Politician after politician have joined the television talking heads in calling for a new â€śassault weapons banâ€ť patterned after the ten-year Clinton ban that was allowed to lapse in 2004 after Justice Department and private studies concluded it had no impact whatsoever on murder and violent crime rates and had become a symbol of wrong-headed governmental attempts to restrict firearms ownership in this country.
California Democratic Sen. Dianne Feinstein has called for reinstituting the old Clinton ban to outlaw the sale, transfer and possession of such guns in the future while grandfathering those already in the hands of private parties. Others, like New York Gov. Andrew Cuomo, have gone so far as to suggest â€śconfiscationâ€ť or forced â€śbuy backâ€ť programs â€śto get these weapons off the street.â€ť In the last week dozens of commentators, reporters and politicians have said they support the 2nd Amendment, but would support an â€śassault weaponsâ€ť ban because such weapons arenâ€™t used for hunting and have no purpose other than to kill people.
While such suggestions reflect a simple minded and narrow understanding of why the founders included the Second Amendment in our Bill of Rights, they also suggest that those making them neither understand the nature of the firearms they would ban, their popularity or legitimate uses.
Those who would ban what they like to call assault weapons like to portray them as automatic weapons designed for use on the battlefield simply because they look cosmetically like their military counterparts. In fact, they are semi-automatic firearms that are designed and built not for the military, but for the civilian market and function differently than their military counterparts. Were our soldiers outfitted with ARs, they would be at the mercy of every army in the world.
The more than three million Americans who currently own AR-15s must wonder if any of these people know what theyâ€™re talking about. These guns are not cheap, but they have been the best-selling long arm in this country for some years. Those three million people didnâ€™t buy have purchased them just to look at or because they are planning to use them to kill their fellow citizens.
The National Shooting Sports Foundation has surveyed the purchasers of AR-15s. The AR-15 is the most commonly used rifle for marksmanship training and competition. Nearly 90% of those who own an AR-15 use it for recreational target shooting; 51% of AR owners are members of shooting clubs and visit the range regularly. The typical AR owner is not a crazed teenage psychopath, but a 35+ year old, married and has some college education.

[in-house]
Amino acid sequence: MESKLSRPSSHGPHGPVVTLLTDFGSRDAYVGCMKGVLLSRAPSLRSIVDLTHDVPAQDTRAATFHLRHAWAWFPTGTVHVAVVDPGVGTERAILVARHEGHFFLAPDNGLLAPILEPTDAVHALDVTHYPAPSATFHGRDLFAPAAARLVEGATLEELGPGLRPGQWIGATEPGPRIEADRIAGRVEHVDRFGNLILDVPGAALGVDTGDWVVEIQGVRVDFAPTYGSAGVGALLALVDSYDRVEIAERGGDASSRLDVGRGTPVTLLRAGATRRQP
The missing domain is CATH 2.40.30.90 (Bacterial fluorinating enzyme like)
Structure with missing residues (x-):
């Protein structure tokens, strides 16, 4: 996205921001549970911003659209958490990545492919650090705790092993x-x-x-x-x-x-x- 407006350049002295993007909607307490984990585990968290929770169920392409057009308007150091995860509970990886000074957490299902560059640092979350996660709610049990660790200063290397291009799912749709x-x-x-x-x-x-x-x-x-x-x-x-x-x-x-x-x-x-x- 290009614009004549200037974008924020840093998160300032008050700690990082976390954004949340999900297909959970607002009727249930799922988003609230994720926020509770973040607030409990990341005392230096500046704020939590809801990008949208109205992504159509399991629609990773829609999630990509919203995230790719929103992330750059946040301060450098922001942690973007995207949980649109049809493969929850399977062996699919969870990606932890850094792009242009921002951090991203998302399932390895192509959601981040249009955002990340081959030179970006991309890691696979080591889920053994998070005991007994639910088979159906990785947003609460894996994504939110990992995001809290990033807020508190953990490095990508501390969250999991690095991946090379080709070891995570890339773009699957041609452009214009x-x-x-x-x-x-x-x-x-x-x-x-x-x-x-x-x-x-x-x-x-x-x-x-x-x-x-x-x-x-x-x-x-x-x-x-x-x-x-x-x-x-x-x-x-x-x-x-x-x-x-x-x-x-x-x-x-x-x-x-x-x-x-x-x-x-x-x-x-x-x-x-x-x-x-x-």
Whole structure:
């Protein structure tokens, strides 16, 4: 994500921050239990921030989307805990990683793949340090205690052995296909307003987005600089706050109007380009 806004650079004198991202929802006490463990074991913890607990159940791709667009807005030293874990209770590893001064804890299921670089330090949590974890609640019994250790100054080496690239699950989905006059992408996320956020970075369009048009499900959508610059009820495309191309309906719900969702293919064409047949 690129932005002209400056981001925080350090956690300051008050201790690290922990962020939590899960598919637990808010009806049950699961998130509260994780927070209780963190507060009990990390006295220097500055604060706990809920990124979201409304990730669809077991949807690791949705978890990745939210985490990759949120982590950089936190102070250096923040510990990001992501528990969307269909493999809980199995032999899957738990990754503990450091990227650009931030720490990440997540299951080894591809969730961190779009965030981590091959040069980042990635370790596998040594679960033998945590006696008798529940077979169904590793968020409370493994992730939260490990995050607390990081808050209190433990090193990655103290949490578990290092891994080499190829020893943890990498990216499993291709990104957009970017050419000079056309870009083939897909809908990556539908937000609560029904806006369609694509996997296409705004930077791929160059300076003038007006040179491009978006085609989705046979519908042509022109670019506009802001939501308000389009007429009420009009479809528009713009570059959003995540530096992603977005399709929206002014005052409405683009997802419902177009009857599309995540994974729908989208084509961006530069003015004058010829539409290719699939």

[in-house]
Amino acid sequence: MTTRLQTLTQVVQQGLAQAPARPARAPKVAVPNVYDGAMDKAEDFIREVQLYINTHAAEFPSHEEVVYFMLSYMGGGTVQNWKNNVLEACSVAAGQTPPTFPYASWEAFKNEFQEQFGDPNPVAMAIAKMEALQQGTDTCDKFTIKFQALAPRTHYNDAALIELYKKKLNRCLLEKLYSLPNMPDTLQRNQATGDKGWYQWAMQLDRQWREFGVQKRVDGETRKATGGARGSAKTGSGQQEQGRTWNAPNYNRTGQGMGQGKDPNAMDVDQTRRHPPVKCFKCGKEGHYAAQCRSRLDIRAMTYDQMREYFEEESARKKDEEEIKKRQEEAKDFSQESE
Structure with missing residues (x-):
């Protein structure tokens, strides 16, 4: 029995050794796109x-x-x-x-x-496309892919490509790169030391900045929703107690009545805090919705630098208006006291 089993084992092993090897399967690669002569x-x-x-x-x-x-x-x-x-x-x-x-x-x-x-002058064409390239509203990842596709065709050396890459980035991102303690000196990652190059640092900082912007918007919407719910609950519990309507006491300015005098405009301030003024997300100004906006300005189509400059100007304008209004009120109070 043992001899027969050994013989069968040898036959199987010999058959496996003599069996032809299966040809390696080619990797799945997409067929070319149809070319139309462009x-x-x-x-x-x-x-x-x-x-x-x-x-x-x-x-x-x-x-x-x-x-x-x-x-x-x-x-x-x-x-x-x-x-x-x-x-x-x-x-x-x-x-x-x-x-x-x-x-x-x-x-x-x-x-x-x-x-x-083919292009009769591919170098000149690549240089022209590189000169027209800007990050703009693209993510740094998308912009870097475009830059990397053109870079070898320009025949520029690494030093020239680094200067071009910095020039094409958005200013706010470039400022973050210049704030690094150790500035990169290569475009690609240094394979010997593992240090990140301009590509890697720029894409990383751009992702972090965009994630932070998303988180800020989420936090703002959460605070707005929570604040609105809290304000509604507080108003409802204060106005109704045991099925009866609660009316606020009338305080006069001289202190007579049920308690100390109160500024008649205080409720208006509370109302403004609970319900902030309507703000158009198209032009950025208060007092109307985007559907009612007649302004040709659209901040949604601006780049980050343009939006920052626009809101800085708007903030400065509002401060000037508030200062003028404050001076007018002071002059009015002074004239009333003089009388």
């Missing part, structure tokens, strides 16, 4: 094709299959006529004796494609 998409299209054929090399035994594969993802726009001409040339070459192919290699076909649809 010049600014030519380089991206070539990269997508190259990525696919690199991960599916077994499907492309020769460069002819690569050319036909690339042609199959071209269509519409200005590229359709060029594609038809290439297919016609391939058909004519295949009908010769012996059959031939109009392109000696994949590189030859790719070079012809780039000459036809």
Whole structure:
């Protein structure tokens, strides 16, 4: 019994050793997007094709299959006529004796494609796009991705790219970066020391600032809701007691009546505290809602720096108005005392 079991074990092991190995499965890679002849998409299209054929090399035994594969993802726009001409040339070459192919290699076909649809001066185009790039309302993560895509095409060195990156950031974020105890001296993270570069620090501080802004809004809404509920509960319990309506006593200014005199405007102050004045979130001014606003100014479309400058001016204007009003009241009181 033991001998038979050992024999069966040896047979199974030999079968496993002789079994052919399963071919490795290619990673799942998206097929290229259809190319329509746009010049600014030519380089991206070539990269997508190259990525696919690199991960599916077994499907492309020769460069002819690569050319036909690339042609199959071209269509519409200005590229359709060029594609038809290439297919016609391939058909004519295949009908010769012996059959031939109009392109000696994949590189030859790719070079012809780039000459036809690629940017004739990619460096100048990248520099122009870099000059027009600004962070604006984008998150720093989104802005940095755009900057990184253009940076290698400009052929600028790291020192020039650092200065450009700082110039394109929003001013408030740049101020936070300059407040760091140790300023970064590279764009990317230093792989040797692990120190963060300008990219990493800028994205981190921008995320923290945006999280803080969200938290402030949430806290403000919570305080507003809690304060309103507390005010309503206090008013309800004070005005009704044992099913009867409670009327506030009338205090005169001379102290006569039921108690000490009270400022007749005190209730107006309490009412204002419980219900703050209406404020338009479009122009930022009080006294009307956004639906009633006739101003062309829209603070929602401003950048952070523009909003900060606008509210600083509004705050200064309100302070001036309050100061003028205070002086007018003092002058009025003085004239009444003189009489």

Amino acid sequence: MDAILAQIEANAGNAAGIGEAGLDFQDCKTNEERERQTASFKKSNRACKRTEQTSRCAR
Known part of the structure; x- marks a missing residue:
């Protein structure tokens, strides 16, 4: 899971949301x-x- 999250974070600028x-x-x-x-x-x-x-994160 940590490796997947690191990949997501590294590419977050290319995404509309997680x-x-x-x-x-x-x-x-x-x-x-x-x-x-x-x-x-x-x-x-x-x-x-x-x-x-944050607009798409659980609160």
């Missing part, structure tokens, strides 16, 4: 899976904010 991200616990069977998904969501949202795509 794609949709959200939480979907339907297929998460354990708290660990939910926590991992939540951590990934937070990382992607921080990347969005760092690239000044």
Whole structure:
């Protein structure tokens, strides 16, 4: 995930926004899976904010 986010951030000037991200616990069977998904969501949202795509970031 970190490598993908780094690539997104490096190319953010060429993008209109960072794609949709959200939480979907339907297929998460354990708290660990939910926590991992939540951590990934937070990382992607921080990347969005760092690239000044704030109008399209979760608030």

The popularity of the AR can be traced in part to the fact that it is a semi-automatic version of the rifle used by the men and women of the military. Nearly half of AR owners are veterans, law enforcement officers, or both. It is a configuration they are familiar with and enjoy shooting. My daughter, for example, served two tours in Iraq, one in Afghanistan, and only owns one gun — an AR.
AR 15s are good for hunting. Some buy an AR for home defense and about six percent of buyers are either collectors or varmint hunters. The standard AR is illegal in most states for deer and big game hunting because it is not considered powerful enough to reliably put down deer-sized or larger game, but is used for coyote, wolf and feral pig hunting in many states.
So the evidence tells us that although Sen. Feinstein and her friends may not know it, millions of Americans buy these guns because they like to shoot them and use them lawfully. The fact that a half dozen out of more than three million have been misused after illegally falling into the hands of crazed killers does not seem to be a reason to ban the popular gun according to most Americans asked in a recent USA Today poll.
These guns are not the weapon of choice for this nationâ€™s criminals or killers. Indeed, the FBI found that in 2010, the last year for which data is available, more people were beaten to death than killed with all long guns including these so-called assault weapons.
It is true that the Supreme Court has left the door open for â€śreasonableâ€ť restrictions on firearms sales. There is good reason, for example, to keep guns out of the hands of felons, those who have been adjudicated as mentally incompetent, or unsupervised children. However there is no evidence whatever to suggest that a ban on the AR 15 or other semi-automatic firearms can be constitutionally justified just so politicians can say they have done something to satisfy the natural public desire act in the face of a tragedy like Newtown. A renewal of a juiced up version of the old Clinton â€śassault weaponsâ€ť ban would no doubt make Sen. Feinstein and her friends feel good and deny millions of law abiding Americans the right to own and enjoy a gun protected by the Second Amendment,, but would do absolutely nothing to prevent future tragedies.